Nobody truly knows how this season will pan out for Norwich City...
- Credit: Paul Chesterton/Focus Images Ltd
How are Norwich City going to do this season?
It's a question that has come up from colleagues, friends and Canaries fans time and time again this summer.
I've done my best to avoid answering it but, like a tail end batsman facing a bombardment of bouncers knowing that the best you can really hope for is to hold out for a draw, it's got to that point where those probing for a pre-season prediction won't take a non-committal shrug of the shoulders for an answer.
With Craven Cottage and another Championship season looming large on the horizon, those of us who make a living from covering the Canaries are expected to have finished sucking the end of our pencils thoughtfully and to be ready with some sparkling insight into how the next 10 months will play out even if it is based largely on whatever hunch the seemingly endless procession of pre-season friendlies has created.
The final warm-up match against Brighton at the weekend underlined that this new-look Norwich City is an unknown quantity even to those of us who are supposed to know all about them.
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The XI picked by Daniel Farke included seven players who have joined the club during the summer plus Yanic Wildschut, who started just six games after joining from Wigan in January, and James Maddison, who played little more than an end-of-season cameo once Alex Neil had packed the contents of the desk in the Carrow Road manager's office into a cardboard box.
Russell Martin and Cameron Jerome were the only familiar faces in that starting line-up on Saturday. Not just the only survivors from the Wembley win in 2015 but the only ones left who could consider themselves to have been regulars just three months ago. That's how much things have changed at the club this summer.
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That sense of revolution has been artificially hastened by the fact that Alex Pritchard, Timm Klose, Ivo Pinto, Wes Hoolahan and Josh Murphy were unavailable because of injury. All five would have considered themselves as being in with a good chance of starting against Fulham, while Steven Naismith was understandably left on the bench against Brighton to give some game time to those who are not suspended for the first two matches of the campaign.
Pre-season for me has been all about trying to get used to all these new players that I'll need to be able to recognise quicker than you can say Christophe Zimmermann for commentary purposes.
Three months ago I couldn't have picked out Mario Vrancic or Marley Watkins in an identity parade and Marcel Franke could have stood next to me at the bus stop on Castle Meadow and I would have had no idea that he was a strapping central defender ready to take on the relentless challenge that is a season of Championship football.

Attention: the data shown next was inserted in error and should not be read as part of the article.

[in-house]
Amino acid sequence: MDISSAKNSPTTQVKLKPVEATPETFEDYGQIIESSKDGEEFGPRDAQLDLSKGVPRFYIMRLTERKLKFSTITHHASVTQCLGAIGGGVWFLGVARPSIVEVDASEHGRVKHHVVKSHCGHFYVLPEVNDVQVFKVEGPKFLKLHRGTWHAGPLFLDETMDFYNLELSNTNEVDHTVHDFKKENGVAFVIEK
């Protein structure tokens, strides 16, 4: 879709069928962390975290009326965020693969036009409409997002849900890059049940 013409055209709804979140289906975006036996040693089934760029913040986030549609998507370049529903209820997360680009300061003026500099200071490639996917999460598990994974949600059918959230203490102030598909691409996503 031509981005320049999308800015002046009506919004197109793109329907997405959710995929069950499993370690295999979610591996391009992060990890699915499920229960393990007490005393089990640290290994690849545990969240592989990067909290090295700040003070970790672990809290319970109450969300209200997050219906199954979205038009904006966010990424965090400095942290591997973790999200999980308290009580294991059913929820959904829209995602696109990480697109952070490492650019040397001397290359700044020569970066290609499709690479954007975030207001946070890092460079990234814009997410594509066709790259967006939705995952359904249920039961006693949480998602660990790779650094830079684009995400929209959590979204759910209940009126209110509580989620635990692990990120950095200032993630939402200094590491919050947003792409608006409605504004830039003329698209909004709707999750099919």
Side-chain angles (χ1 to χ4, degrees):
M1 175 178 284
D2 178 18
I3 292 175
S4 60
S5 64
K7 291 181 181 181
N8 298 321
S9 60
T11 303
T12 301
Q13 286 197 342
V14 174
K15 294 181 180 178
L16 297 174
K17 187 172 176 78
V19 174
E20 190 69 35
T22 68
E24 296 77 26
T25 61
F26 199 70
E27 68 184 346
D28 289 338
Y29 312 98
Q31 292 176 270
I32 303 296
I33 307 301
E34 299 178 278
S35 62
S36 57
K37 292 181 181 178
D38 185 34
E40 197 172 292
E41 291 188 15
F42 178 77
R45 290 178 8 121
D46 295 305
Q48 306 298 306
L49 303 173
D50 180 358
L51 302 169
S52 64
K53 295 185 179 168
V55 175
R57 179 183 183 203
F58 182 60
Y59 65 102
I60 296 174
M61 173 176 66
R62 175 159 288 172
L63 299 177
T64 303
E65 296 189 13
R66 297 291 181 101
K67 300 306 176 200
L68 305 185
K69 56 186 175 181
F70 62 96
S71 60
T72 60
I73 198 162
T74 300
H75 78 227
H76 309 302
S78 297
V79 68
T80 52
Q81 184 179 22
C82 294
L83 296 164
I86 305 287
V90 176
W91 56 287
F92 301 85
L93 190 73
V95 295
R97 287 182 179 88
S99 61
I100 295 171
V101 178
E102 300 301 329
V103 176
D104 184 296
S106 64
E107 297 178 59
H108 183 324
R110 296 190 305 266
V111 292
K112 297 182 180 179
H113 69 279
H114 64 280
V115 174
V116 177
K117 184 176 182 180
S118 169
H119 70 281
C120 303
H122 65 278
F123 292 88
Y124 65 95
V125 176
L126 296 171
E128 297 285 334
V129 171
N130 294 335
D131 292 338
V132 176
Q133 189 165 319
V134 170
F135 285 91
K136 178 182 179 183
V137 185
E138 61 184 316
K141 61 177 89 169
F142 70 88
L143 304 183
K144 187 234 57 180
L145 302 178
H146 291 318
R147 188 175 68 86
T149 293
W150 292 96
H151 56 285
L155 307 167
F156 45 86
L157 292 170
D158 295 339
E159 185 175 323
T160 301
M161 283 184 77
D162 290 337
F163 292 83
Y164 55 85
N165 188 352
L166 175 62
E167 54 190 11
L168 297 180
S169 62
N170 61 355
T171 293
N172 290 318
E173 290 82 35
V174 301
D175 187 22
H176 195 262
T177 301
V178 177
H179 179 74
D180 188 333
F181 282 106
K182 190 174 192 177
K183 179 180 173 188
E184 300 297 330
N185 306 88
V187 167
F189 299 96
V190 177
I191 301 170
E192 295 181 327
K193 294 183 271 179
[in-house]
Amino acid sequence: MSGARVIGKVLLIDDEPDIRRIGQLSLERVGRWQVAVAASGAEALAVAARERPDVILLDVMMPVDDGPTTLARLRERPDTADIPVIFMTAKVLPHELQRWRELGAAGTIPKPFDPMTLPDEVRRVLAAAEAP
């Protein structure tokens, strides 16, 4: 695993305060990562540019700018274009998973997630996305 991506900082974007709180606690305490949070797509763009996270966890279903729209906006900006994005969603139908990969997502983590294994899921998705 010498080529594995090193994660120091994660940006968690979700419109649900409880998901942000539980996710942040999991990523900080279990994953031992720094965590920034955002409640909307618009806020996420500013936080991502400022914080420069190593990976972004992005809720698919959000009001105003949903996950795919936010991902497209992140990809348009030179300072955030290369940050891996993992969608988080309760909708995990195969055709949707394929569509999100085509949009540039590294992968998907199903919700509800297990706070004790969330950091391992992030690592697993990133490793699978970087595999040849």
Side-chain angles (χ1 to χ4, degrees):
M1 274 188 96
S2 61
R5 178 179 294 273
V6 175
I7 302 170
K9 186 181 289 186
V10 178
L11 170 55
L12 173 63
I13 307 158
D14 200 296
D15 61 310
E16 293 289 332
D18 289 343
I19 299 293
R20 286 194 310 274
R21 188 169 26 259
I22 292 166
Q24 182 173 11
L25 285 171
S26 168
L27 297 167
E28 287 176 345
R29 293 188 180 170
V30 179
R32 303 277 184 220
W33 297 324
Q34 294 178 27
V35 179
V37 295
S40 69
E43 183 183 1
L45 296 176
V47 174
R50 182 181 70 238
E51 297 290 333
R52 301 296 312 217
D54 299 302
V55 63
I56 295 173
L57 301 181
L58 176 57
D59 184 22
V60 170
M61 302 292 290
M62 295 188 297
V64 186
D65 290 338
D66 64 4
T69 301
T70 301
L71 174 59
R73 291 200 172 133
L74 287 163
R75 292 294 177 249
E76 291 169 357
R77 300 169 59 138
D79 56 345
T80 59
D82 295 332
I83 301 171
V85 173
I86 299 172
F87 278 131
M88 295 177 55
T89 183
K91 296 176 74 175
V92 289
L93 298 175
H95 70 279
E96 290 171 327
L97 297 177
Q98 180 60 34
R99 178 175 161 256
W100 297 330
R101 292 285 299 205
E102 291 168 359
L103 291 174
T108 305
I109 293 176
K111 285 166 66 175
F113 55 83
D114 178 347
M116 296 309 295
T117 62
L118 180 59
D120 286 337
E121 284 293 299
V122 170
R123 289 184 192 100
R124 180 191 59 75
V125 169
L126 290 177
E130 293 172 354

That's what makes this countdown to kick off so much more exciting and intriguing than almost any other I can remember when it comes to following City.
Most years supporters have a fairly good idea as to whether it's going to be a relegation scrap or a promotion push over those harsh winter months. At Carrow Road there are more questions than answers.
Most supporters wanted change after an underwhelming campaign but can any Championship club really sell Jonny Howson, Graham Dorrans and Jacob Murphy while reducing their wage bill and expect to improve?
Players like the aforementioned Vrancic, Maddison and Harrison Reed have all impressed in pre-season and have undoubted promise but can so many new players really gel together so quickly?
I'm going to answer those questions in exactly the same way that I've bravely attacked the one in the opening line of this piece; I honestly don't know but I think it's going to be fun to find out.
Son of a Gunn
My first game at Carrow Road was on November 4th 1986. Norwich City beat Coventry in a Full Members Cup tie.
While it was the start of something special for me, my debut was overshadowed by the fact that a goalkeeper called Bryan Gunn played his first game for the Canaries that night.
The rest is history, or rather a story that is still being told thanks to the arrival this summer of his son Angus.
Apart from making those of us who watched Bryan play, sent him interview requests for our school newspaper and then commentated alongside him, feel very old there is no doubt that having a Gunn in goal for City again is enough to give supporters of a certain age a warm fuzzy feeling inside.
If Gunn junior does really well in between the City sticks this year then I am ready to claim some credit for his development into a goalkeeper good enough to represent his country at under 21 level.
There was a time when Angus would accompany his dad into the old BBC Radio Norfolk newsroom in Surrey Street once a week.
While Bryan, who was working for the club's commercial department at the time, performed an entertaining weekly slot on the Breakfast Show with Stewart White, Angus was left to kick a sponge football around our office with the great Roy Waller as he warmed up for his Country Music show 'Rodeo Norfolk' in the only way he knew how.
I spent a couple of early Saturday morning shifts joining in with these games.
Part of my 'work' was to keep goal while Roy and Angus attempted to fire the ball between two bins.
It's harder than it sounds when you have to keep one eye on the clock to ensure you don't miss a scheduled sports bulletin.
Maybe those goalkeeping performances inspired the youngster on his career path.
Or maybe he had some other influence on his life that taught him a thing or two about making brilliant saves.
Perhaps we'll never know.